Deeply concerned by the escalating and increasingly interlinked crises in Sudan and South Sudan, where violence is sparking refugee flows and disrupting harvests again this year, the top United Nations relief official warned today that the humanitarian situation is deteriorating for hundreds of thousands of people in both countries.
“I told [Security] Council Members that this suffering is taking place in an increasingly complex environment. Reputable sources sight estimates of 170,000 people displaced within [Sudan People’s Liberation Movement] SPLM-North areas in the first half of this year,” Under-Secretary-General for Humanitarian Affairs Valerie Amos told reporters after briefing the Council today on the “increasingly complex” situation.
“I warned the Council if we don’t take urgent action now, we will see a major humanitarian crisis unfolding in South Sudan with respect to food insecurity and the possibility of famine,” she said.
Ms. Amos expressed deep concern over the intensified bombing and fighting during the planting season- May, June and July- urging that if the violence does not stop, it will have a calamitous impact on families’ ability to feed themselves.
“We have already heard that the famine early warning systems network has forecast that emergency levels of food insecurity are likely to persist among the internally displaced and host communities in SPLM-North controlled areas of South Kordofan between now and September,” Ms. Amos said.
Food security assessments in May and June of this year have already indicated acute food and livelihood crises and an emergency situation in 10 counties in South Sudan. A warning of a possible famine for the months of July and August was also given.
“I warned the Council that if aerial bombardment continues to disrupt agricultural activities, we can expect the impact to extend well beyond the harvest in September,” Ms. Amos said.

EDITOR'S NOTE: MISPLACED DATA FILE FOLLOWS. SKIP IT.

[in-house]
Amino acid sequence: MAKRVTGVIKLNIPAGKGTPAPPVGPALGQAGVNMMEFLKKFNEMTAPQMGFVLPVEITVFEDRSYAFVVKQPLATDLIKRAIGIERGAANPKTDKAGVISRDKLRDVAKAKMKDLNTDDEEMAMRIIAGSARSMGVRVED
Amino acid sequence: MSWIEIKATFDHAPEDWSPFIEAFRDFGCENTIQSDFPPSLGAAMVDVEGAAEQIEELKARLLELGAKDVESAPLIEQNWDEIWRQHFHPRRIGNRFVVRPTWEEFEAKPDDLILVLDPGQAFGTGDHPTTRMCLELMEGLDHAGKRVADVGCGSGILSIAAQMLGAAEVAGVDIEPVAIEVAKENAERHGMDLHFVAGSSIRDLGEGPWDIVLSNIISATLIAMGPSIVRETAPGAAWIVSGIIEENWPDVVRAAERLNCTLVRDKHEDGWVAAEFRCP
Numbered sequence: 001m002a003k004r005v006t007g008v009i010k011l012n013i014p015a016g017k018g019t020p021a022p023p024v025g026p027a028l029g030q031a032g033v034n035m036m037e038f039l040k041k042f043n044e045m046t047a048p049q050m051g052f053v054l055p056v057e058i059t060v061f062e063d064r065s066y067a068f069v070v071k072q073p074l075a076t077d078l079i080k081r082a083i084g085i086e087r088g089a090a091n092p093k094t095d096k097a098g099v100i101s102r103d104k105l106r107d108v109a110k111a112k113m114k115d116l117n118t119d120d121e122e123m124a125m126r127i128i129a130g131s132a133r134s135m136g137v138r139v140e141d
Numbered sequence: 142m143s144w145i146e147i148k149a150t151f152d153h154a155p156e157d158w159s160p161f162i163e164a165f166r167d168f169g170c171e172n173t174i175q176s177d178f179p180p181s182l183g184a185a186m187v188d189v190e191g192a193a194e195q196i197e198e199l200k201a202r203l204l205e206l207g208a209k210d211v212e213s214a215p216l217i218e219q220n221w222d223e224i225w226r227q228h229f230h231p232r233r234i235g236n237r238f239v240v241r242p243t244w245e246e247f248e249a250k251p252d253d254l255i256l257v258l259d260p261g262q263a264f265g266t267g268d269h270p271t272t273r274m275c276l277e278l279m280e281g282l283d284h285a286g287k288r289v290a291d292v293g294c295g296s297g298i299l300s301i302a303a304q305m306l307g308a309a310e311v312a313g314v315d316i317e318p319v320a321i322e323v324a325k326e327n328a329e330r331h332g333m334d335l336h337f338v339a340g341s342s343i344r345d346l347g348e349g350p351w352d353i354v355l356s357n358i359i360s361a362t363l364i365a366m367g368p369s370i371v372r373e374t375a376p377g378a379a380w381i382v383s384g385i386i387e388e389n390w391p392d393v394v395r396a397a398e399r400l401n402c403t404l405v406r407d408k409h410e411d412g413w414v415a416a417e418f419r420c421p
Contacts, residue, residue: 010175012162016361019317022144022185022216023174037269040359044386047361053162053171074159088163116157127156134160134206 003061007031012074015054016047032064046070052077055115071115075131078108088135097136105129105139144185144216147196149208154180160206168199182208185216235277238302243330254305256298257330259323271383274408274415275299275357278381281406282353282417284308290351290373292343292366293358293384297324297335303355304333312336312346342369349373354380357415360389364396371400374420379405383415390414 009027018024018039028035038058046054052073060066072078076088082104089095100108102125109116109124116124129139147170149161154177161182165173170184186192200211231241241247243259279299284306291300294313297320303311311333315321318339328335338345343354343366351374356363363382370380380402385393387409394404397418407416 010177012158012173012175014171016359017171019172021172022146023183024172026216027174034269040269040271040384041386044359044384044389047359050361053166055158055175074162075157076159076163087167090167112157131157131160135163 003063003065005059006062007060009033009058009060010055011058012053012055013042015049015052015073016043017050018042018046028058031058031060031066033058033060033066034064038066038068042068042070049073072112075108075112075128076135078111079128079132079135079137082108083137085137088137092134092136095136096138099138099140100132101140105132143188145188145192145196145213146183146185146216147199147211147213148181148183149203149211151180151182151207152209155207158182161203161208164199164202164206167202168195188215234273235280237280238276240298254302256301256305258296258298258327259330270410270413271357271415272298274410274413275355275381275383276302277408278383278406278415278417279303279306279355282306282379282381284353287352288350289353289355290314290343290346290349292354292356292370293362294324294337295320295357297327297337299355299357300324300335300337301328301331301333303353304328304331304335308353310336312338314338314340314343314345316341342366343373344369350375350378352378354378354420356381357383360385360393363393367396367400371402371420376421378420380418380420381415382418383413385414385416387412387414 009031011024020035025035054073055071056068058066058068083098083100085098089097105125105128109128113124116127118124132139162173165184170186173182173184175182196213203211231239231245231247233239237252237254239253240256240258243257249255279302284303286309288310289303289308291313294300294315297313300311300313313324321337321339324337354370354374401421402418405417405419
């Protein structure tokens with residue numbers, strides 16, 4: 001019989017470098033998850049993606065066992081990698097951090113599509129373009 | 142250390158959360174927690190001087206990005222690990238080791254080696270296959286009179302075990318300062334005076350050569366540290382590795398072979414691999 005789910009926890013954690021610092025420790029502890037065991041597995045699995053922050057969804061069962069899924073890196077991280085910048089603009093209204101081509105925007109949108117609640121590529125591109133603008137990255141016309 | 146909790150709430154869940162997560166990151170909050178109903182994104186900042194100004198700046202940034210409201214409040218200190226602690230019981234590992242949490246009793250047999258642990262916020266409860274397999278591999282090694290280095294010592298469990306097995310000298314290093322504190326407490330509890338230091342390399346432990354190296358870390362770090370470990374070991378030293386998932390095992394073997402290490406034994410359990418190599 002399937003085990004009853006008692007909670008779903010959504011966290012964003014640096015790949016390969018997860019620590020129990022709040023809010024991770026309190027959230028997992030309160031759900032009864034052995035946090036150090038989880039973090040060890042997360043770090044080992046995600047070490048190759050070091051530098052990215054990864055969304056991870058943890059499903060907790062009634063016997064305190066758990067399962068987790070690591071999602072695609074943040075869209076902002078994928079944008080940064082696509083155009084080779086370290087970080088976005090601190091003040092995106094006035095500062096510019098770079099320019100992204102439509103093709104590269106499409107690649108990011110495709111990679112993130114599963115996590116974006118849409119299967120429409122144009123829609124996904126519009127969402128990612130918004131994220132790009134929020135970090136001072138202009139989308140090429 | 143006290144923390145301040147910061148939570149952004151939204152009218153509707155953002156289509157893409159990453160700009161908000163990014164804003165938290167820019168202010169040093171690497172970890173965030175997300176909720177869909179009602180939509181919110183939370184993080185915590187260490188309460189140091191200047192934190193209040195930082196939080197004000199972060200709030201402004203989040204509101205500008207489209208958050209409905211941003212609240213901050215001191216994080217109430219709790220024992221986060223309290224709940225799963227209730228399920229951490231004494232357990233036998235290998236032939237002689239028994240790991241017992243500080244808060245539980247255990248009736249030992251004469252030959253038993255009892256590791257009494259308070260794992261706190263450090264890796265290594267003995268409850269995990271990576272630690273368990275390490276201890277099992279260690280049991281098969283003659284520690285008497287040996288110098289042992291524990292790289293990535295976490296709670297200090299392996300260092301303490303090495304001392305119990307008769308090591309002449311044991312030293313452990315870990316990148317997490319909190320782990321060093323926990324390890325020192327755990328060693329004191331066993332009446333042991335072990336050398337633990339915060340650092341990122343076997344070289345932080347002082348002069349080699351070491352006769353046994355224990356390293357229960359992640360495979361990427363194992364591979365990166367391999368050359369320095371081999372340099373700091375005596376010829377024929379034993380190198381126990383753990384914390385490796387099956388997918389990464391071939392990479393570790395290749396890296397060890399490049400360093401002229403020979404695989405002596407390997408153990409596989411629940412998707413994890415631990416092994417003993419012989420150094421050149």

Compounding the suffering is the bombings and attacks on hospitals and other humanitarian outposts, she said, and whether deliberate or indiscriminate are clearly unacceptable and in direct violation with international humanitarian law, as well as Council resolution 2046.
It’s been over two years since the Security Council adopted that resolution in May 2012 expressing deep concern at the humanitarian impact of fighting between the Government of Sudan and the SPLM-North in South Kordofan and Blue Nile. Yet, hundreds of thousands of innocent people in South Kordofan and Blue Nile continue to be affected by war while no progress has been made to ensure that they have access to even the most basic humanitarian assistance.
Children have not been able to be vaccinated against polio in the SPLM-North areas of South Kordofan and Blue Nile, which are both controlled by the SPLM-North. Even more alarming, the conflict in South Sudan has effectively blocked off traditional areas of refuge across the border. It has disrupted the cross border movement of goods and services coming into South Kordofan and Blue Nile, causing even greater suffering to the 200,000 Sudanese refugees in the Blue Nile and Unity States and close to 83,000 refugees from South Sudan currently in Sudan.
Humanitarian workers continue to appeal to all parties to allow basic assistance to be provided to people who most need it. However, challenges in both Sudan and South Sudan seem to only be aggregating.
“We’re seeing significant interconnections between the humanitarian situations between the two countries,” she said. The deepening conflicts in Darfur, continuing deterioration of the humanitarian situation in South Sudan, refugee outflows, and worrying food insecurity across the region only continue to compound challenges.
“Given the dire situation in South Kordofan, Blue Nile and Darfur and the unfolding humanitarian disaster in South Sudan, it is clear that urgent action is needed now and I appealed to the Council to take action to ensure immediate and unhindered action for the UN and our humanitarian partners as called for under resolution 2046,” she said.